The latest person to chronicle this evolution is Nathan Heller, whose article “Bay Watched: How San Francisco’s new entrepreneurial culture is changing the country”, appeared in the October 14, 2013 issue of The New Yorker.  (The full article is freely available on The New Yorker website.)

Heller is an interesting character.  He grew up in San Francisco and graduated from Harvard University in 2006, a classmate of Mark Zuckerberg, the founder of Facebook.  In fact, Zuckerberg lived only a few rooms away from him during their freshman (first) year.  In his devastating critique of how the film “The Social Network” got Harvard wrong, Heller writes of his classmates: “The kids entering Harvard in 2002 came largely from pressure-cooker public schools, dorm-room entrepreneurships, the cutthroat upper echelon of prep institutions, or, in my case, the all-weather-fleece-wearing wilds of San Francisco.”

Zuckerberg, as we all know, came from a combination of “upper echelon of prep” schools (he attended Phillips Exeter Academy) and “dorm room entrepreneurship”.

All of this is relevant to Heller’s insights into the new technological elite.  He grew up where it is happening, and he went to college with those (Zuckerberg et al) who are making it happen.  By his own admission, Heller never learned how to drive, and currently lives in New York City.

Heller’s description of San Francisco is both literary and colourful:

San Francisco has traditionally been a Dungeness crab of a city, shedding its carapace from time to time and burrowing down until a new shell sets….  San Francisco has never been dominated by anything, but it’s always ended up pre-eminent in something. Gold, for instance. Free love. Microchips….  Those irked by change rarely stay long.

Lately, the pattern has begun to break. San Francisco is an industry town. This industry is usually called “tech,” but the term no longer signifies what it used to. Tech today means anything about computers, the Internet, digital media, social media, smartphones, electronic data, crowd-funding, or new business design.

At some point, in other words, tech stopped being an industry and turned into the substrate of most things changing in urban culture.

Heller continues that, “Everyone had a sense that Northern California was the source” of these major cultural changes, yet few people actually understand why.  San Francisco has come to personify the new capitalist technological elite, one that is increasingly populated by the young.  Its “growing startup culture has a dreamy, arty, idealistic bent: this is the whimsy of youth carried to a place where youth and whimsy have not often thrived.”  This is a throw-back to the 1960s, but with a major difference:  unlike the hippie “communitarian” focus, this “rising metropolitan generation … is creative, thoughtful, culturally charismatic, swollen with youthful generosity and dreams—and fundamentally invested in the sovereignty of private enterprise.”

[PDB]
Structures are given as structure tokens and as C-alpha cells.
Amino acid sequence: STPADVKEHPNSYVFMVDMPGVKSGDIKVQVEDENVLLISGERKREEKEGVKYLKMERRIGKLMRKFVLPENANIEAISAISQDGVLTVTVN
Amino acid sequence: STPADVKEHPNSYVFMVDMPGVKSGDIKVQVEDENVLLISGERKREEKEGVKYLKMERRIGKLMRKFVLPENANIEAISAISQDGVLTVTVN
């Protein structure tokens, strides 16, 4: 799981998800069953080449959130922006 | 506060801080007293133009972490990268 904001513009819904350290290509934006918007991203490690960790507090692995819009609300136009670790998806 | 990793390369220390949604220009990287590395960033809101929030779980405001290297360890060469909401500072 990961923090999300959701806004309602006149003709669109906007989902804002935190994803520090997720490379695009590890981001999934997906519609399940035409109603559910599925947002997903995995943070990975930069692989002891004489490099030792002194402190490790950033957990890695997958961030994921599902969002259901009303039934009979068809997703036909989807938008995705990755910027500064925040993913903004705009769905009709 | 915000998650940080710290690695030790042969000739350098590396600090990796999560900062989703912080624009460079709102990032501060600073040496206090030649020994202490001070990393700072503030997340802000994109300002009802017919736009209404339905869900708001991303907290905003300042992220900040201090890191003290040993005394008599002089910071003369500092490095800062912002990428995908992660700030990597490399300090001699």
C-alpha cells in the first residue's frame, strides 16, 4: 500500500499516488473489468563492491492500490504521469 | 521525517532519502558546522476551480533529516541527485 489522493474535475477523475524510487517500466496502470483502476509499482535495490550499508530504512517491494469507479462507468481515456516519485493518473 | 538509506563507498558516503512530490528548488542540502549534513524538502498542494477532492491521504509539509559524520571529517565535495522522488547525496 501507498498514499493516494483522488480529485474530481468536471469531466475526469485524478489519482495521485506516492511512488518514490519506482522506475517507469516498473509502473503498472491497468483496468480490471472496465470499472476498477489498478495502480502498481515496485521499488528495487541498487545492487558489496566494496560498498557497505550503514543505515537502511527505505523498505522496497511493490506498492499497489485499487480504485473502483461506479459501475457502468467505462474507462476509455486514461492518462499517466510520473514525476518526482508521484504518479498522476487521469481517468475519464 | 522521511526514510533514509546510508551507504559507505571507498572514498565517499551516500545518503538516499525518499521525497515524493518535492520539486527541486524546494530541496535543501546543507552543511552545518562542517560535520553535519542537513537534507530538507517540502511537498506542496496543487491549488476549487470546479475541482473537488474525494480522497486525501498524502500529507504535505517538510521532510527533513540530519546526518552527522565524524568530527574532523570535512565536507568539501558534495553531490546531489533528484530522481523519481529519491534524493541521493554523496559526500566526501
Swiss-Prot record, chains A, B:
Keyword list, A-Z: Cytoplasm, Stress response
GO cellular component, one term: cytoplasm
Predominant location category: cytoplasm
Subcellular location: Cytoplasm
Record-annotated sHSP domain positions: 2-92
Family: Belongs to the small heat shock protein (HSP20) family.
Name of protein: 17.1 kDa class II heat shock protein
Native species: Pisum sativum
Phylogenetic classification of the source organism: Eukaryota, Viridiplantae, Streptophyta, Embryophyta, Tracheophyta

This is not limited to the San Francisco Bay area.  You find it in parts of New York City, in Austin, in Seattle and in the back streets of Cambridge, Massachusetts.  Here in Sydney, there is a thriving young tech entrepreneurial culture nesting in inner Sydney suburbs, from Pyrmont and Ultimo through the central business district to Darlinghurst and Surry Hills and reaching to the lower north shore.  The same exists in Melbourne, and – I am sure – many other major cultural capitals.

This is not a particularly new phenomenon.  I sensed this in my own flirtation of working as a business development manager in a (soon to fail) tech start-up during 2000 and 2001.  We wore collared t-shirts with the company name emblazoned on them, and – even then – took all of our cultural cues and most of our professional language from Silicon Valley.  I was the second oldest employee.

So while not new, as 2013 comes to a close, San Francisco has increased its dominance of our tech dreams.  Facebook did not exist back in 2000 (Zuckerberg and Heller were still juniors in high school), Google was still in its infancy and Apple was struggling.

I cannot predict where this world will be in another ten years, but I do know this:  San Francisco will continue to personify the hopes, dreams and business models of that world, one that will arrive sooner than we think.

San Francisco from water

Evernote California and technology marketing

December 4, 2013